Use this URL to cite or link to this record in EThOS: https://ethos.bl.uk/OrderDetails.do?uin=uk.bl.ethos.790204
Title: Discontinuities in mathematical modelling : origin, detection and resolution
Author: Alsoudani, T.
Awarding Body: UCL (University College London)
Current Institution: University College London (University of London)
Date of Award: 2016
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Abstract:
When modelling a chemical process, a modeller is usually required to handle a wide variations in time and/or length scales of its underlying differential equations by eliminating either the faster or slower dynamics. When compelled to deal with both and simultaneously simplify model structure, he/she is sometimes forced to make decisions that render the resulting model discontinuous. Discontinuities between adjacent regions, described by different equation sets, cause difficulties for ODE solvers. Two types exist for handling discontinuities in ODEs. Type I handles a discontinuity from the ODE solver side without paying any attention to the ODE model. This resolution to discontinuities suffer from underestimating the proper location of the discontinuity and thus results in solution errors. Type II discontinuity handlers resolve discontinuities at the model level by altering model structure or introducing bridging functions. This type of discontinuity handling has not been thoroughly explored in literature. I present a new hybrid (Type I and Type II) algorithm that eliminates integrator discontinuities through two steps. First, it determines the optimum switch point between two functions spanning adjacent or overlapping domains. The optimum switch point is determined by searching for a "jump point" that minimizes a discontinuity between adjacent/overlapping functions. Two resolution approaches exist. Approach I covers the entire overlap domain with an interpolating polynomial. Approach II relies on a moving vector to track a function trajectory during simulation run. Then, the discontinuity is resolved using an interpolating polynomial that joins the two discontinuous functions within a fraction of the overlap domain. The developed algorithm is successfully tested in models of a steady state chemical reactor exhibiting a bivariate discontinuity and a dynamic Pressure Swing Adsorption Unit exhibiting a univariate discontinuity in boundary conditions. Simulation results demonstrated a substantial increase in models' accuracy with a reduction in simulation runtime.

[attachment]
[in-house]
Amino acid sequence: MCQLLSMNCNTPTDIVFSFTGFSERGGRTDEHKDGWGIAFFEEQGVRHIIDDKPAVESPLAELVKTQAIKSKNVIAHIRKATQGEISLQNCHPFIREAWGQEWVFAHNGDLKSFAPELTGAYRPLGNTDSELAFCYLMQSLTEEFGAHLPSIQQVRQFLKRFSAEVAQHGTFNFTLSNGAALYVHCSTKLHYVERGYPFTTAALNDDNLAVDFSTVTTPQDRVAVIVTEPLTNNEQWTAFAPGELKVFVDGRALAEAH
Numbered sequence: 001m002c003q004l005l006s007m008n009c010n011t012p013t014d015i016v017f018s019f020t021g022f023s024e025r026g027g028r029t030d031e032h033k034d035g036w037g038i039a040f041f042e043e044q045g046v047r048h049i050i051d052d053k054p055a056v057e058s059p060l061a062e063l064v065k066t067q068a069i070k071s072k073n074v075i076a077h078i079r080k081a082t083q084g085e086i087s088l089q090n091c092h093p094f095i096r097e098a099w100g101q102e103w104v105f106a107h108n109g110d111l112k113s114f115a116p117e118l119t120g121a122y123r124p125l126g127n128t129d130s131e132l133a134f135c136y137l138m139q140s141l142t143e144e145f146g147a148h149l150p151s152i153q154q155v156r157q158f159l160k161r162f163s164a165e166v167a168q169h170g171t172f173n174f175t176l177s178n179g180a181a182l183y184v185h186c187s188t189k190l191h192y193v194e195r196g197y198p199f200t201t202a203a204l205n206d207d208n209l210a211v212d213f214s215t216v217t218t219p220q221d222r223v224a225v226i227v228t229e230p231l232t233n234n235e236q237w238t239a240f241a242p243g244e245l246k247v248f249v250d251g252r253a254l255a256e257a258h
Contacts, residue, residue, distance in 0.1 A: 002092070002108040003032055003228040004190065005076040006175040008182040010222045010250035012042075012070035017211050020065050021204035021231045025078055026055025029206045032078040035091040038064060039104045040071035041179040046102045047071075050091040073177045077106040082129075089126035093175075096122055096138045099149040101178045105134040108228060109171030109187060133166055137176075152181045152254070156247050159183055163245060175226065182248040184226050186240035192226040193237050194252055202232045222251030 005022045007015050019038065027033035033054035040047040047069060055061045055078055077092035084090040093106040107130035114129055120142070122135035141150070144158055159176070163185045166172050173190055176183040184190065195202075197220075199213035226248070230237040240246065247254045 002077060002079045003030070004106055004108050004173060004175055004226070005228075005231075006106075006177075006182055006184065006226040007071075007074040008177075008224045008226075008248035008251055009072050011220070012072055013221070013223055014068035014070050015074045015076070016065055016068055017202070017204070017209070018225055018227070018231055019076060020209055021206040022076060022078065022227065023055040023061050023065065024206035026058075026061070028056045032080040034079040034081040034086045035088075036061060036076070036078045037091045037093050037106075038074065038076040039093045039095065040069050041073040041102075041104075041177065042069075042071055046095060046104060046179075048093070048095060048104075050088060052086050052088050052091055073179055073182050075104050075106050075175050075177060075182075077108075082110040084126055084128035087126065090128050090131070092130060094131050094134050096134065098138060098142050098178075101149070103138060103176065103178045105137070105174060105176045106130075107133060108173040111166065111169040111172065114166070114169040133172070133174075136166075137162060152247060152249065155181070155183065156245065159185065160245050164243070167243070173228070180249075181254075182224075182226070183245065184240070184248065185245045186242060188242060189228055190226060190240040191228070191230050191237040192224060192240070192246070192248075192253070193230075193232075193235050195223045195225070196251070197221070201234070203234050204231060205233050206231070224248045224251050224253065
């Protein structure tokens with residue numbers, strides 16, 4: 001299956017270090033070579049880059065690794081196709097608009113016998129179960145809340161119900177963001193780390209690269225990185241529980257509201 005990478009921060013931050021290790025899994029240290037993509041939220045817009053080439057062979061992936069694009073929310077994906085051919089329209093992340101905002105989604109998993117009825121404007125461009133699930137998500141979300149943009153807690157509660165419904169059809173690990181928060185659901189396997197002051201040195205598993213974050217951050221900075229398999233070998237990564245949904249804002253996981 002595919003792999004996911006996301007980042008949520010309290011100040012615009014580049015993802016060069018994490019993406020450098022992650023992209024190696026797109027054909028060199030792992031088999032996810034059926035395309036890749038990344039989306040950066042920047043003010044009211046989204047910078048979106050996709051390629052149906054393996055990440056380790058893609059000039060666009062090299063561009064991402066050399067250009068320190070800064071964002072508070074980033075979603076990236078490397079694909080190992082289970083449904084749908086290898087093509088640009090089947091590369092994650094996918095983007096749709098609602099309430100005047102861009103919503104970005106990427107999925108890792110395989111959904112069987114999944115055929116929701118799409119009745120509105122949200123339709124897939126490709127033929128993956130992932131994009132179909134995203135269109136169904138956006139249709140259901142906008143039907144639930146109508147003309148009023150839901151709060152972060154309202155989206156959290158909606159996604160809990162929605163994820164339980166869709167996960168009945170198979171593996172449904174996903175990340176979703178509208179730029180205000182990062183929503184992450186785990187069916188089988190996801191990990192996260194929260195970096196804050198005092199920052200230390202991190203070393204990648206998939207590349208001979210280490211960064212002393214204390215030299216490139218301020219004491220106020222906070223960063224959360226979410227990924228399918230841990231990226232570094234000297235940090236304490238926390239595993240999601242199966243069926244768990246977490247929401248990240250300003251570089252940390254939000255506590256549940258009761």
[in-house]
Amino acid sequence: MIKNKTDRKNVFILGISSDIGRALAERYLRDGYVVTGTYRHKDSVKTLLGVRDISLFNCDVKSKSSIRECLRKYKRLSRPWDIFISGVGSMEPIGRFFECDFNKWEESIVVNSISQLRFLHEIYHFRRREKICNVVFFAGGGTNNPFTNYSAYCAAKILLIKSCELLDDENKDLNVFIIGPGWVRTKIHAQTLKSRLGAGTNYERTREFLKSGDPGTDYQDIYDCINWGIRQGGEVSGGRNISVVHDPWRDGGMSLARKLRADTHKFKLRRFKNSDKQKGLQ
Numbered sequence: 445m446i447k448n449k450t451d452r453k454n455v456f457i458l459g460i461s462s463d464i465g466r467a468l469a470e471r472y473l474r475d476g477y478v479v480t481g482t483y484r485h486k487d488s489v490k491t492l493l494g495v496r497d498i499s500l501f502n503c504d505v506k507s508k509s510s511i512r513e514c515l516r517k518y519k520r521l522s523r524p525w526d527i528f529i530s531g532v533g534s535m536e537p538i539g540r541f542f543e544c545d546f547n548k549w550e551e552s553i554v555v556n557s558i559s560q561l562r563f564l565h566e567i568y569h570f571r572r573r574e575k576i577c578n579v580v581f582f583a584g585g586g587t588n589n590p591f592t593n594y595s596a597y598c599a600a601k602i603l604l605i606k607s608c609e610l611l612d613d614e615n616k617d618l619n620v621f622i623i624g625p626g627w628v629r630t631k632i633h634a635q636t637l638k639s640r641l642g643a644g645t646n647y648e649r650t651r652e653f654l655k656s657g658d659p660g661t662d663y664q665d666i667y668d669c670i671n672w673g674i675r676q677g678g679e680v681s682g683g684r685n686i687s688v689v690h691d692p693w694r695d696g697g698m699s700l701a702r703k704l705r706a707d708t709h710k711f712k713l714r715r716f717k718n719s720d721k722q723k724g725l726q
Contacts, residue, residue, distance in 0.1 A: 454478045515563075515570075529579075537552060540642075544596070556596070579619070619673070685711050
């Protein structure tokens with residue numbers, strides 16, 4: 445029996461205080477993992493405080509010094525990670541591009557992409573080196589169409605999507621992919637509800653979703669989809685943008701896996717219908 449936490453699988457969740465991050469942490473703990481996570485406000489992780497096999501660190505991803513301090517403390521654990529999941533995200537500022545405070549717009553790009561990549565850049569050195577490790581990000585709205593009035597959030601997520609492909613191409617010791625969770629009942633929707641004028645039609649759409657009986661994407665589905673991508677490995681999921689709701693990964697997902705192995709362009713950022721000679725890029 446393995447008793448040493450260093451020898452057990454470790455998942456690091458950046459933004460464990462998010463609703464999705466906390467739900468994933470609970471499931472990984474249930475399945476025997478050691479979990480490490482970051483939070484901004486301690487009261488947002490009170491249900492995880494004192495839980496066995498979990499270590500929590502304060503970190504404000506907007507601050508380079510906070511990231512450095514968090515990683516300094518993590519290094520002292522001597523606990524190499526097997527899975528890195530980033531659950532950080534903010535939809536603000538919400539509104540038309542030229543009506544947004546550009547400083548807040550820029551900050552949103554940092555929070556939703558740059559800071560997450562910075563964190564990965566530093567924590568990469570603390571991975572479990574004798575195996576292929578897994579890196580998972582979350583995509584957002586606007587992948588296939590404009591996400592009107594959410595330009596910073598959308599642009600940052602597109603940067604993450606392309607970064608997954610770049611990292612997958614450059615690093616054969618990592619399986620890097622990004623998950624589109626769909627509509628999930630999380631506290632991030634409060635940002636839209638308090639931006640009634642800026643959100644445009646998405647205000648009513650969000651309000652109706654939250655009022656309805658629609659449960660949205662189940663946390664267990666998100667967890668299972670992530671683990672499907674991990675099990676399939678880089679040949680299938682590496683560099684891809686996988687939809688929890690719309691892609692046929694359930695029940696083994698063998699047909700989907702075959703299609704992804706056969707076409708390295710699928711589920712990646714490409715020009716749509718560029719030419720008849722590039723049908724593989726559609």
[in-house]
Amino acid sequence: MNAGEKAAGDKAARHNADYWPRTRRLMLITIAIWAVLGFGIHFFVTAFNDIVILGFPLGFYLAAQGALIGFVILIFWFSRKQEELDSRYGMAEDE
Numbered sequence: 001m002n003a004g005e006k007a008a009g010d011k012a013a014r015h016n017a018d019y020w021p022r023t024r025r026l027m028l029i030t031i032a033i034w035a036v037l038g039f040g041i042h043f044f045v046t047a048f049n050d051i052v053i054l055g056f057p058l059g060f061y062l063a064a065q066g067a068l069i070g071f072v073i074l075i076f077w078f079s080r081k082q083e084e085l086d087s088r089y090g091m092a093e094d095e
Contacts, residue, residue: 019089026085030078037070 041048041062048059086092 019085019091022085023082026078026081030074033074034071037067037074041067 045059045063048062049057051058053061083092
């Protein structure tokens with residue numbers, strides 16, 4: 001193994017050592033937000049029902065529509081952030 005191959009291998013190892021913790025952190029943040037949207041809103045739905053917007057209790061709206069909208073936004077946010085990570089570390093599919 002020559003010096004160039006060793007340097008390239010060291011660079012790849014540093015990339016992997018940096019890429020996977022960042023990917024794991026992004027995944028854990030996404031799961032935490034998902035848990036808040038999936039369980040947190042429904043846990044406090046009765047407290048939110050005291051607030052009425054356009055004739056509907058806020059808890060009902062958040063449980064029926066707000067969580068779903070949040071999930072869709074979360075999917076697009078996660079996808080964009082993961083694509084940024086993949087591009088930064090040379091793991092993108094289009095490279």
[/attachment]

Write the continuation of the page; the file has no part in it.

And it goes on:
Supervisor: Bogle, I. D. L. Sponsor: Not available
Qualification Name: Thesis (Ph.D.) Qualification Level: Doctoral
EThOS ID: uk.bl.ethos.790204  DOI: Not available
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